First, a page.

V_{Ed} ≤ V_{Rd1} (6.33)
where:
V_{Rd1} is the design value of the shear resistance of unreinforced masonry, and is given by
V_{Rd1} = f_{vd} t l (6.34)
f_{vd} 
is the design shear strength of masonry, obtained from 2.4.1 and 3.6.2, or concrete infill, obtained from 2.4.1 and 3.3, whichever is the lesser; 
t 
is the thickness of the wall; 
l 
is the length of the wall. 
NOTE Where appropriate, an enhancement in the design shear strength, f_{vd}, may be taken into account in the calculation of V_{Rd1} to allow for the presence of vertical reinforcement.
 For reinforced masonry walls containing vertical reinforcement, when horizontal shear reinforcement is taken into account, it should be verified that:
V_{Ed} ≤ V_{Rd1} + V_{Rd2} (6.35)
where:
V_{Rd1} 
is given by equation (6.34), and 
V_{Rd2} 
is the design value of the contribution of the reinforcement, given by: 
V_{Rd2} = 0,9 A_{sw} f_{yd}, (6.36) 
A_{sw} 
is the total area of the horizontal shear reinforcement over the part of the wall being considered; 
f_{yd} 
is the design strength of the reinforcing steel. 
 Where shear reinforcement is taken into account, it should also be verified that:
83
where:
t 
is the thickness of the wall; 
l 
is the length or, where appropriate, the height of the wall. 
6.7.3 Verification of reinforced masonry beams subjected to shear loading
 For reinforced masonry beams when the contribution of any shear reinforcement is being ignored, it should be verified that:
V_{Ed} ≤ V_{Rd1} (6.38)
where:
V_{Rdl} 
is given by 
V_{Rd} = f_{vd} b d; (6.39) 
f_{vd} 
is the design shear strength of masonry, obtained from 2.4.1 and 3.6.2, or concrete infill, obtained from 2.4.1 and 3.3, whichever is the lesser; 
b 
is the minimum width of the beam over the effective depth; 
d 
is the effective depth of the beam. 
NOTE Where required, an enhancement in the design shear strength, f_{vd}, may be taken into account in the calculation of V_{Rd1} to allow for the presence of longitudinal reinforcement, see Annex J.
 The value of f_{vd} for use in determining V_{Rdl}, at a section α_{x} from the face of a support, may be increased by a factor
where:
d 
is the effective depth of the beam; 
α_{x} 
is the distance from the face of the support to the crosssection being considered; 
provided that the increased value of f_{vd} is not taken to be greater than 0,3 N/mm^{2}.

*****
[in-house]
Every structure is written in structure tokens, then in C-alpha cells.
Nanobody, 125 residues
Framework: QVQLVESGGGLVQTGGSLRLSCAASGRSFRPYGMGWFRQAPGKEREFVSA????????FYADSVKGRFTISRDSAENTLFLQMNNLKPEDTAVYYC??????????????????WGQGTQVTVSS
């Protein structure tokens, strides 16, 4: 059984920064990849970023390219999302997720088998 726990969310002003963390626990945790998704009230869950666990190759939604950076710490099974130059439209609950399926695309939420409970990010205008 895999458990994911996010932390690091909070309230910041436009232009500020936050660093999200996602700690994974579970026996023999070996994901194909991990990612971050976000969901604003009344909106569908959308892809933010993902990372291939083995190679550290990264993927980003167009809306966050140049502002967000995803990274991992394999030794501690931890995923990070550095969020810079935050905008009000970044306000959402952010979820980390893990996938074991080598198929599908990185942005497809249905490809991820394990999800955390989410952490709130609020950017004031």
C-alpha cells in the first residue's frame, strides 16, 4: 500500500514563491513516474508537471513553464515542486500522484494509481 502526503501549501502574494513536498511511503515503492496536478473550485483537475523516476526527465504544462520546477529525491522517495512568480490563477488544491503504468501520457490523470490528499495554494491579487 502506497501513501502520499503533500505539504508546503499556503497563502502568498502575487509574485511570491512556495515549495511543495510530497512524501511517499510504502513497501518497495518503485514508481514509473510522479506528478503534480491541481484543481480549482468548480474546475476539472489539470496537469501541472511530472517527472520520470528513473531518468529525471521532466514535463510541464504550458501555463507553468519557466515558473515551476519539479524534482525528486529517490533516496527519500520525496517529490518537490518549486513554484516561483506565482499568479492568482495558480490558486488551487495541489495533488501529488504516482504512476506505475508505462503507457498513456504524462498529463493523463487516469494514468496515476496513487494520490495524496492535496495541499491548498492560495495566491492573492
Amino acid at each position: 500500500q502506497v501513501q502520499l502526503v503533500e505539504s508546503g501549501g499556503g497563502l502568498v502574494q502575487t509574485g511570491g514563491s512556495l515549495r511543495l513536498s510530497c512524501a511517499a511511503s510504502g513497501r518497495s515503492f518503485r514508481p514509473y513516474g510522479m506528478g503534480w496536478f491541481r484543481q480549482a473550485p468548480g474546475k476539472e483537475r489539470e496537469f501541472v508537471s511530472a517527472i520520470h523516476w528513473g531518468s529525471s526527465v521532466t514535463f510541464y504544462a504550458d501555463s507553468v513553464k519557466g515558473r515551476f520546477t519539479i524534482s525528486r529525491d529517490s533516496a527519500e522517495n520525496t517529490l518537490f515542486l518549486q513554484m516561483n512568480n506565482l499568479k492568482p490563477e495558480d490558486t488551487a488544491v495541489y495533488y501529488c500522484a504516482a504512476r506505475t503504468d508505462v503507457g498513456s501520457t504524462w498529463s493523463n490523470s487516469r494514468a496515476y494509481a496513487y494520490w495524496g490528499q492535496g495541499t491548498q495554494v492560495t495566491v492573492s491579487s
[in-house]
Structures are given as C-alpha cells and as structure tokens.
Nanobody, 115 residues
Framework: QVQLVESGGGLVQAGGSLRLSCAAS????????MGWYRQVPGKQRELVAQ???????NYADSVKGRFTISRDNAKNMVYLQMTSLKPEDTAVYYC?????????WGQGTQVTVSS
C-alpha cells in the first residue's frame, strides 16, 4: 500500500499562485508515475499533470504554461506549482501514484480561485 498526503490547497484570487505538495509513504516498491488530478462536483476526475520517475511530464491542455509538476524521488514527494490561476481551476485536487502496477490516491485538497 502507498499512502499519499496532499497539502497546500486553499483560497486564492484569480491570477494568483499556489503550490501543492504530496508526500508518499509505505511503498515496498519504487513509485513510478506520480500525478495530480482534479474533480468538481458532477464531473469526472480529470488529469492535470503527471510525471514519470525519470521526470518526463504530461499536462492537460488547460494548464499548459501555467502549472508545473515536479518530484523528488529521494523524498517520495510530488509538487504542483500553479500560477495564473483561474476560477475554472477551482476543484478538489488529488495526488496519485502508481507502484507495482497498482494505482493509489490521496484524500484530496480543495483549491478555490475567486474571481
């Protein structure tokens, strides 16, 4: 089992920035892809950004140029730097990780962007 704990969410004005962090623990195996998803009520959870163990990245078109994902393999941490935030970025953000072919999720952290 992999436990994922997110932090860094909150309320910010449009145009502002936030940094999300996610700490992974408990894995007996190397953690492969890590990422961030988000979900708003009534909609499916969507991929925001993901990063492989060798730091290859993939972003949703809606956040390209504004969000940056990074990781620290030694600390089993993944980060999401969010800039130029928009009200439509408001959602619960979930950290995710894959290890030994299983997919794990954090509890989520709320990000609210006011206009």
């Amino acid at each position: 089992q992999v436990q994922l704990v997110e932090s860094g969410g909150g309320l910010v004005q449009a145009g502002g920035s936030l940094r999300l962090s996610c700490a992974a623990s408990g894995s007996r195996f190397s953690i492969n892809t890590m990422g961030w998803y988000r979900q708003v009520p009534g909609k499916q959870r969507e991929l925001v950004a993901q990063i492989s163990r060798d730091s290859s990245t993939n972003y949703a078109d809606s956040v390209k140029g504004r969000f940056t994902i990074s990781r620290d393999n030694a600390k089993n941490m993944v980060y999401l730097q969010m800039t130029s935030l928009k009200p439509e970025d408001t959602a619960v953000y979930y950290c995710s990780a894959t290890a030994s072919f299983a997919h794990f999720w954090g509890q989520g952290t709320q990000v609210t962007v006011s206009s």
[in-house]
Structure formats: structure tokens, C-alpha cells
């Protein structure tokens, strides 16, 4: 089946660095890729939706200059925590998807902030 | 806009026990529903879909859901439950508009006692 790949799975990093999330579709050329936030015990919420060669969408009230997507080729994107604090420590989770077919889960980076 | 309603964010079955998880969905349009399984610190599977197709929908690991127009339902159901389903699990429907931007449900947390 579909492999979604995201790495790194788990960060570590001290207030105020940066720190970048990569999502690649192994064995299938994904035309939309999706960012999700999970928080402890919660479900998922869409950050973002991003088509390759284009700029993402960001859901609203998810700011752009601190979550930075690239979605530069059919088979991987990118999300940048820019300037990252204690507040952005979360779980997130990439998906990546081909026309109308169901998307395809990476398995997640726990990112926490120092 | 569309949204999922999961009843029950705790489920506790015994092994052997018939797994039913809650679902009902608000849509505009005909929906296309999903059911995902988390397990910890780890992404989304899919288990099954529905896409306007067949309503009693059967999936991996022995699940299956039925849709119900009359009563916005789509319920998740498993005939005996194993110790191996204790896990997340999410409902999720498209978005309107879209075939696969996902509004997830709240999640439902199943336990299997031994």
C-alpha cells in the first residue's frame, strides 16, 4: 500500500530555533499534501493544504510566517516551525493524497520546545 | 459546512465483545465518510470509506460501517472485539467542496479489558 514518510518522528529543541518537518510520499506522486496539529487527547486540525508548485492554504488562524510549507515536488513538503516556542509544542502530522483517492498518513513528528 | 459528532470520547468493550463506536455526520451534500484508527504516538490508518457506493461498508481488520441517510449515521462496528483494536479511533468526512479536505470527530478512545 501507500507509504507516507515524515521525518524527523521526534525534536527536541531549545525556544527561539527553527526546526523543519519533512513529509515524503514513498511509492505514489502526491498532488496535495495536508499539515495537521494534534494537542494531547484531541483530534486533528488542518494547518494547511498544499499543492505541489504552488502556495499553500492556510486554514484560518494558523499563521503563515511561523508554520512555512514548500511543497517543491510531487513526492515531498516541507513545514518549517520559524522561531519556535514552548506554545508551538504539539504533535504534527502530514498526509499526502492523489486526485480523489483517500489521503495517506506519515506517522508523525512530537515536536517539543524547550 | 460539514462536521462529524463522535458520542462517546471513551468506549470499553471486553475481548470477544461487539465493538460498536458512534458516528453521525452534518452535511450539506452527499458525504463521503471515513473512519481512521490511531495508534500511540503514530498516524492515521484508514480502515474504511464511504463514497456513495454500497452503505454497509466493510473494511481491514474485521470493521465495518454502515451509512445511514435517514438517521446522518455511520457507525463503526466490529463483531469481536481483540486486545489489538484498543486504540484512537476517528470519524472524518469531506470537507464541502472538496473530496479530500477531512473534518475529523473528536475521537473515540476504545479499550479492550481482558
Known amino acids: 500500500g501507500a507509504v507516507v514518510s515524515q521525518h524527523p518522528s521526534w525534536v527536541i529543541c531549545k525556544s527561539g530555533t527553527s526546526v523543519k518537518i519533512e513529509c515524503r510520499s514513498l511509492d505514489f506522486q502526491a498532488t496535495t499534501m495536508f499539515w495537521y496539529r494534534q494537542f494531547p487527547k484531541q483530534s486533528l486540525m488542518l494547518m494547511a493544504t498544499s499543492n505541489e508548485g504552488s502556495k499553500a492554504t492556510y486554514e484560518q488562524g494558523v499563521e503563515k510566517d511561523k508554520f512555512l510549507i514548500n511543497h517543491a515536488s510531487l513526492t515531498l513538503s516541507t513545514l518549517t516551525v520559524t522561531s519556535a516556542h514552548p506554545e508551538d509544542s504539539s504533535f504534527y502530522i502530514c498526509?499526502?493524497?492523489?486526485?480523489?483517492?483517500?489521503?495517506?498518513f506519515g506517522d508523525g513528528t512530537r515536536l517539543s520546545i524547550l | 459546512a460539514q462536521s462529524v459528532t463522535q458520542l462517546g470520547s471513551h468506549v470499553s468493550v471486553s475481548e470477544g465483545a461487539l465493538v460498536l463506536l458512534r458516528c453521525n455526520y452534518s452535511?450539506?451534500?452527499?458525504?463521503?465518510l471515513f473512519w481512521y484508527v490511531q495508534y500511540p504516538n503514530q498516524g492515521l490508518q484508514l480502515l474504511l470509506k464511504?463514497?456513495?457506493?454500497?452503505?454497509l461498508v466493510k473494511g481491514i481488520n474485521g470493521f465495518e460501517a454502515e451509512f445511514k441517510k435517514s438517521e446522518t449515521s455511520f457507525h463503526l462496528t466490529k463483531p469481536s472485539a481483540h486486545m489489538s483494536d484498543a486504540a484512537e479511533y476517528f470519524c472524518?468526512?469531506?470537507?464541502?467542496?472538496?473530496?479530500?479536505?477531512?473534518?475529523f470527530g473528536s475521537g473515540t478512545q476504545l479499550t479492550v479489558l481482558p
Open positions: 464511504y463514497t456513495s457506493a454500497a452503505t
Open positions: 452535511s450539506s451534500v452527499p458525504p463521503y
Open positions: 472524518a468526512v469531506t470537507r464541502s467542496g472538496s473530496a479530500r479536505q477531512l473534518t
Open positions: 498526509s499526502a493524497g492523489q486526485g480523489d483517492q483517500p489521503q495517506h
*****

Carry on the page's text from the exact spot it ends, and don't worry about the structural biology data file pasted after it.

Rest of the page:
NOTE See Annex J.
 For masonry beams when shear reinforcement is taken into account, it should be verified that:
V_{Ed} ≤ V_{Rd1} + V_{Rd2} (6.41)
where:
84
V_{Rd1} 
is given by equation (6.39) and 
V_{Rd2} 
is given by: 

d 
is the effective depth of the beam; 
A_{sw} 
is the area of shear reinforcement; 
s 
is the spacing of shear reinforcement; 
α 
is the angle of shear reinforcement to the axis of the beam between 45° and 90°; 
f_{yd} 
is the design strength of the reinforcing steel. 
 It should also be verified that:
V_{Rd1} + V_{Rd2} ≤ 0,25 f_{d} b d (6.43)
where:
f_{d} 
is the design compressive strength of the masonry in the direction of loading, obtained from 2.4.1 and 3.6.1, or the concrete infill, obtained from 2.4.1 and 3.3, whichever is the lesser; 
b 
is the minimum width of the beam within the effective depth; 
d 
is the effective depth of the beam. 
6.7.4 Verification of deep beams subjected to shear loading
 The verification given in 6.7.3 should be carried out, taking V_{Ed} as the shear force at the edge of the support, and the effective depth of the beam as d = 1,3 z.
6.8 Prestressed masonry
6.8.1 General
 The design of prestressed masonry members should be based on the relevant principles given in EN 199211 with the design requirements and properties of materials as set out in sections 3, 5 and 6 of this EN 199611.
 The design principles are applicable to members prestressed in one direction only.
NOTE In design, the serviceability limit state should be assessed first in bending and then the bending, axial and shear strengths should be verified at the ultimate limit state.
 P The initial prestressing force applied shall be limited to an acceptable proportion of the characteristic ultimate load of the tendons to ensure safety against tendon failure.
85
NOTE The partial factor for loads should be obtained from EN 1990 for transfer of prestress and under prestressing losses.
 Loadbearing stresses and lateral bursting tensile forces at anchorages should be limited so as to avoid an ultimate load failure condition. Local bearing stresses may be limited by consideration of prestressing load acting in either the parallel or perpendicular direction to the bed joints. The anchorage design should consider the containment of the bursting tensile forces. The tensile stresses in the masonry should be limited to zero.
 P Due allowance shall be made in the design for losses in prestressing forces that can occur.
 Losses in prestressing forces will result from a combination of:
 – relaxation of tendons;
 – elastic deformation of the masonry;